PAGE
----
In simple terms, many of New Orleans’ races this year’s races are breaking down to the status quo (incumbents) and those who say not good enough for us (the challengers). This “Tale of Two Cities” campaign theme was imprinted by new New York Mayor Bill de Blasio and is inspiring progressives and liberals around the country including Rochester Mayor Lovely Warren and Syracuse Mayor Stephanie Minor.
There is more consistent and insistent talk about income equality, which even President Obama has called “a fundamental threat to the American dream.” Even the newly elected mayor in Seattle, home of many prosperous tech companies and their high-paying jobs, has created a task force to examine the issue. de Blasio says there is a progressive movement in America that is having a real effect with mayors from around the country talking about fighting inequality and poverty and expanding access to early childhood education.
The Alliance for Good Government candidate forums, which begin tonight (Thursday, Jan. 9) with several City Council districts and the mayoral candidates, will be held in the second-floor auditorium at Holy Name of Jesus School.
All Mardi Gras ladders must be kept at least six feet back from the curb during parades, and may not be chained together, under a set of new laws being introduced this week before the New Orleans City Council.
Violent crime in neighborhoods, economic development and opportunity, balancing the city budget and even gay marriage and marijuana legalization were all discussed Tuesday night by Democratic candidates in the New Orleans city elections, many appearing on the same stage for the first time a mere three weeks before the Feb. 1 election day.
The pace was brisk and the tone was mostly — though not always — genial as the Independent Women’s Organization asked a handful of questions to more than two dozen Democratic candidates for mayor, City Council and other citywide offices.
It’s 34 degrees at daybreak; and the temperature is rapidly dropping. The day is as dreary as it is gray, but not even the hawk — or the Housing Authority of New Orleans (HANO) — can keep Brandan “BMike” Odums away from the Florida Projects.
He’s not breaking and entering in the name of creation this time around. The visual artist, who is equally dexterous with spray paint as he is with acrylic and pen and ink, is there to reflect on #ProjectBe, an organic participatory art odyssey that began last summer. #ProjectBe sparked debates among the arties — and authorities – about what makes “legitimate” art and whether a weather-beaten public housing development can ever be more than an underground thrill.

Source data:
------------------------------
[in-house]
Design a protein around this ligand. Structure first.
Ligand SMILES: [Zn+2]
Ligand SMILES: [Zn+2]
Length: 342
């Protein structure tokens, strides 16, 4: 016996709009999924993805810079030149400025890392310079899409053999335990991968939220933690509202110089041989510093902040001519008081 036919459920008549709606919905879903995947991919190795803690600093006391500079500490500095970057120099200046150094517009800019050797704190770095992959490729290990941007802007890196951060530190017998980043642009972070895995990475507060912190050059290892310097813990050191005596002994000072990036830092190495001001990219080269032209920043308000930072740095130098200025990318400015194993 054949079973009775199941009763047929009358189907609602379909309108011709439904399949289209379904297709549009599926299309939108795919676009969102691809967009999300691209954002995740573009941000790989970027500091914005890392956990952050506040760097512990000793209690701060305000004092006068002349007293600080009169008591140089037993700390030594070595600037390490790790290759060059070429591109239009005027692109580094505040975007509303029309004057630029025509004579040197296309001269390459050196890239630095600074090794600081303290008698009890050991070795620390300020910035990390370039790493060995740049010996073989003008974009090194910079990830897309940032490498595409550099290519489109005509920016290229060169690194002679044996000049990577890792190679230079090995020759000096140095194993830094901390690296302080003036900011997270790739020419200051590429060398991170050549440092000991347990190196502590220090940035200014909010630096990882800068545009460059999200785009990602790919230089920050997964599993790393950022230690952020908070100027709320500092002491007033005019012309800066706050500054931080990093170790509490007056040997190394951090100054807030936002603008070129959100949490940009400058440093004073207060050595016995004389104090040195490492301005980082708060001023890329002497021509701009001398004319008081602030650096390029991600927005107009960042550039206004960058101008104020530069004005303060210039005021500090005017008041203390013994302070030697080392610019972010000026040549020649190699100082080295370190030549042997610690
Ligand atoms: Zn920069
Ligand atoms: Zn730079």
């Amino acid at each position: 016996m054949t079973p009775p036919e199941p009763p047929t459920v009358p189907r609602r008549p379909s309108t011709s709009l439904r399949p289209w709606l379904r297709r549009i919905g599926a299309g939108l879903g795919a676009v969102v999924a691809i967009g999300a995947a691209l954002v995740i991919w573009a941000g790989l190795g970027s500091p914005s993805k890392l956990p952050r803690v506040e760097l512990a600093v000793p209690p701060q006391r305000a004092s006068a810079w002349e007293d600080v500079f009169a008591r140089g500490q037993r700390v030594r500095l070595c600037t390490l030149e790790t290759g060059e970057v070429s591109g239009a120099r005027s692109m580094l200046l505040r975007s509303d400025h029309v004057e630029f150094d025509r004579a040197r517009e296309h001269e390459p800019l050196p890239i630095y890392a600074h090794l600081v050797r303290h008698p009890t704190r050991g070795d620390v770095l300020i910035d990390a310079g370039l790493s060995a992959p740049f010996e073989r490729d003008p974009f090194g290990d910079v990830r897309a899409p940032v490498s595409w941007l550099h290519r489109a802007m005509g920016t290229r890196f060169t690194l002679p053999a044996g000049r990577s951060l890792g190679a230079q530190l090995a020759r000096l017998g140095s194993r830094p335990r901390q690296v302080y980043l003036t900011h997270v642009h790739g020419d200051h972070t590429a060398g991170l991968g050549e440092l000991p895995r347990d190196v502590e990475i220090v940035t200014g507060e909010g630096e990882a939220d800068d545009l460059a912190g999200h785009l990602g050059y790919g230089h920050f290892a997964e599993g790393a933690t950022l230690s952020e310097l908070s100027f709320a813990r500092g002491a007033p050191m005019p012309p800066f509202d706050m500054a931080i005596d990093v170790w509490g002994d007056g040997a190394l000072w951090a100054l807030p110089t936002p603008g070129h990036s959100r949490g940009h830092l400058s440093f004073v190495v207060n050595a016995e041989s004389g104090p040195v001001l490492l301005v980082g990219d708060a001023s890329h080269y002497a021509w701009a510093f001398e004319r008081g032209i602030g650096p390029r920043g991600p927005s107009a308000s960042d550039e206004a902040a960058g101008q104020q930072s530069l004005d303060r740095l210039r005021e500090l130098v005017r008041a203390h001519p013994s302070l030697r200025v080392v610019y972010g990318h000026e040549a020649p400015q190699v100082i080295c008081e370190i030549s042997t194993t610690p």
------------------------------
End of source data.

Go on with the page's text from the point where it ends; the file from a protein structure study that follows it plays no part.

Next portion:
Following the holidays, New Orleans voters may feel like the Feb. 1 elections are coming on a compressed schedule, with Election Day just three weeks from Saturday. But several civic groups are quickly mobilizing to provide residents with opportunities to hear from the candidates first-hand in the next two weeks, starting today (Tuesday, Jan. 7).
Water pressure will drop most of Tuesday morning (Jan. 7) along the upper end of Prytania Street for work related to the installation of the new Jefferson Avenue drainage canal, officials said.
By Louise Hoffman, St. Charles Avenue Association
All the discussions about how to – and how not to – change New Orleans’ sound management efforts is much like being in a bar with too much noise: A lot of raised voices, so you have to strain to understand what’s going on. So here is some context and additional information I hope you’ll find useful.
On December 19, 2013, the City Council introduced some amendments to the city’s current sound ordinances. All seven of the City Council members signed on as co-sponsors. No one, including and especially any New Orleans’ politician, wants to kill our local music scene as has been alleged on the Internet. If all the City Council members signed on, they don’t believe this will change music as we know it. It won’t.
When it comes to noise laws, the constitutional issues arise on both ends. The way the law is written is crucial, because it must be narrowly tailored. The way the law is enforced is equally essential, because Courts will look to practical realities.
All of this is essential to understanding the problems inherent in New Orleans’ proposed revisions to its noise ordinances.